Overview

An estimated 66,570 new cases of uterine cancer will be diagnosed in the United States in 2021, and 12,940 people will die of the disease.1 Most uterine cancers are epithelial-derived and arise in the endometrium (endometrial carcinoma). Stromal or mesenchymal sarcomas are uncommon malignant tumors, accounting for approximately 3% of all uterine cancers.2 Uterine sarcomas include low-grade and high-grade endometrial stromal sarcoma (LGESS and HGESS, respectively), undifferentiated uterine sarcoma (UUS), uterine leiomyosarcoma (ULMS) including epithelioid and myxoid variants, uterine tumor resembling ovarian sex cord tumor (UTROSCT), rhabdomyosarcoma (RMS), and perivascular epithelioid cell tumors (PEComas). According to the WHO, Müllerian adenosarcoma is a “biphasic neoplasm composed of a benign epithelial component and a malignant stromal component”3; the malignant component is typically low-grade. According to a 2012 systematic review of data from 1970 to 2011, ULMS was the most common subtype (63%) of uterine sarcoma, followed by ESS (21%) and less common subtypes such as UUS.4 RMS and PEComas are the rarest subtypes of uterine sarcomas.5

Recent advances have expanded the NCCN Uterine Neoplasms Guidelines panel’s understanding of the molecular features of these tumors, leading to the identification of genetic signatures that characterize some of the uterine sarcoma subtypes. Historically, mesenchymal tumors were primarily diagnosed using histopathologic criteria, and the results of molecular studies were not used in routine pathologic evaluation. However, given the overlap in histopathologic features of these tumors, molecular analysis (eg, identification of characteristic translocations and/mutations) may help clinicians classify difficult cases and also provide insight into future therapeutic targets.6 In recent years, validated and FDA-approved comprehensive genomic profiling tests have become increasingly available, and have helped to facilitate cancer diagnoses and/or selection of targeted therapies. Additional gene- and/or tumor-specific confirmatory molecular tests may also be useful for these purposes. Therefore, the panel recently expanded the Principles of Pathology and Molecular Analysis section of the Uterine Sarcoma Guidelines in the NCCN Clinical Practice Guidelines in Oncology (NCCN Guidelines) for Uterine Neoplasms. In addition to the introductory page (UTSARC-A 1 of 5, above), this section now includes a table containing information on histologic and molecular findings, relevant confirmatory molecular tests, prognostic features, and other clinically useful information to help clinicians differentiate between and classify uterine sarcoma subtypes (see UTSARC-A 2 of 5 through UTSARC-A 5 of 5, pages 891–894).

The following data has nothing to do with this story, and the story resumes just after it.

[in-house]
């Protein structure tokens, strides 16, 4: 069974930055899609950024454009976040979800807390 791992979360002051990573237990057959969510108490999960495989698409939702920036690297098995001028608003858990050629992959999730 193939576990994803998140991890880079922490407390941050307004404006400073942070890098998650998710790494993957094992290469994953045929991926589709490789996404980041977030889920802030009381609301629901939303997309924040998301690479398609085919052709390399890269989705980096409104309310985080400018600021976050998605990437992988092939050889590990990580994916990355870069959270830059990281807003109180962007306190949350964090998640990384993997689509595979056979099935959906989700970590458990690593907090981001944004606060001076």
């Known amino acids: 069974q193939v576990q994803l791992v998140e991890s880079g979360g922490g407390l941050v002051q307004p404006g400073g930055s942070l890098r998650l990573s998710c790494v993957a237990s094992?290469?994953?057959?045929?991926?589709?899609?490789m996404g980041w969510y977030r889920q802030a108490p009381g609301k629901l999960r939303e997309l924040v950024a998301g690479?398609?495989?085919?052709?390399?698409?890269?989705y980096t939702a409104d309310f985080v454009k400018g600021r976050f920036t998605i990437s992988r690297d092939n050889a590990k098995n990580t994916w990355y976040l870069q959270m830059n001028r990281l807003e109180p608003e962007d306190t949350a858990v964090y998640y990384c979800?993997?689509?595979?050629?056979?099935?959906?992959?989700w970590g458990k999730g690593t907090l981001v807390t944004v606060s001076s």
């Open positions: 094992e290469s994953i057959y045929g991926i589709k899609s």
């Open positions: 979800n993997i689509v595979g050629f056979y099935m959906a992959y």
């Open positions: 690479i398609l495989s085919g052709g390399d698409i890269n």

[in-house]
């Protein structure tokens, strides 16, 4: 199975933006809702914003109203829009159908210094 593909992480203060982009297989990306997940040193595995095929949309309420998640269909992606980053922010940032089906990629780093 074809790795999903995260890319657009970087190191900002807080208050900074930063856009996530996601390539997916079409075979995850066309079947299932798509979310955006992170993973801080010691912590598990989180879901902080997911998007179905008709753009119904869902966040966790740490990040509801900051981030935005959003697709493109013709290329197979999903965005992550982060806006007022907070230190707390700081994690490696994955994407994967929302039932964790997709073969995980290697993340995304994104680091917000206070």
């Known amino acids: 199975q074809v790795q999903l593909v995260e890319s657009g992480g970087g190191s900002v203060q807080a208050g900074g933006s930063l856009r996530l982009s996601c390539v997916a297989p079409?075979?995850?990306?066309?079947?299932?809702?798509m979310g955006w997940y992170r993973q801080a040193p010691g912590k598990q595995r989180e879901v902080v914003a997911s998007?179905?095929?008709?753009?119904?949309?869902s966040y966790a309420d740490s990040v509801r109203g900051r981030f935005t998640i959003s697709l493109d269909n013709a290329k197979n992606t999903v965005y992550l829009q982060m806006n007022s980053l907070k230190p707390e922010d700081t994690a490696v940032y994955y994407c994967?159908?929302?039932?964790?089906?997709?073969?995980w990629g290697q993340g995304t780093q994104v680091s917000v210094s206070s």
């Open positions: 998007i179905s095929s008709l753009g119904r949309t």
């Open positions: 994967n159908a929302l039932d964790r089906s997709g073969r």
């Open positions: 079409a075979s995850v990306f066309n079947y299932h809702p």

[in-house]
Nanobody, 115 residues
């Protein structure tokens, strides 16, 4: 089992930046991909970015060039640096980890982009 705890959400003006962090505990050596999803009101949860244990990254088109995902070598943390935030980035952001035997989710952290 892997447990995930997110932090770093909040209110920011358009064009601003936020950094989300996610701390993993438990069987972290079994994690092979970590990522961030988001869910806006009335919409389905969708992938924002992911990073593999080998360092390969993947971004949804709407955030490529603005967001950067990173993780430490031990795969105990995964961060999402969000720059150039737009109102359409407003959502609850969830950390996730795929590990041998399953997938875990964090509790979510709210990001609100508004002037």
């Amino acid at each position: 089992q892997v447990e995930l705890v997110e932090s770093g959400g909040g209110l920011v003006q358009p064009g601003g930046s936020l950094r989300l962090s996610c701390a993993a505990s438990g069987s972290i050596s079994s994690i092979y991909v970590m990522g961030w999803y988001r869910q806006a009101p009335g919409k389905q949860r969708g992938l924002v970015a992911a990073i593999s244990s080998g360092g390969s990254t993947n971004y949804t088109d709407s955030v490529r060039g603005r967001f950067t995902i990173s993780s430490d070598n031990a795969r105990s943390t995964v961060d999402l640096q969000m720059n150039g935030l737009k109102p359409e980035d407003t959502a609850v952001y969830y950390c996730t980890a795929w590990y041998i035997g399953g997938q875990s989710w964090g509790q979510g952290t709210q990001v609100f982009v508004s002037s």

Molecular Profiling for Uterine Sarcomas

This Insights article focuses on biomarkers specific to each sarcoma subtype that may help clinicians to differentiate between them and help provide a definitive diagnosis when used alongside histopathological evaluation. Of note, this article does not include certain tumors in Table 1 (ie, Müllerian adenosarcoma, carcinosarcoma) for which the panel does not currently recommend ancillary molecular testing.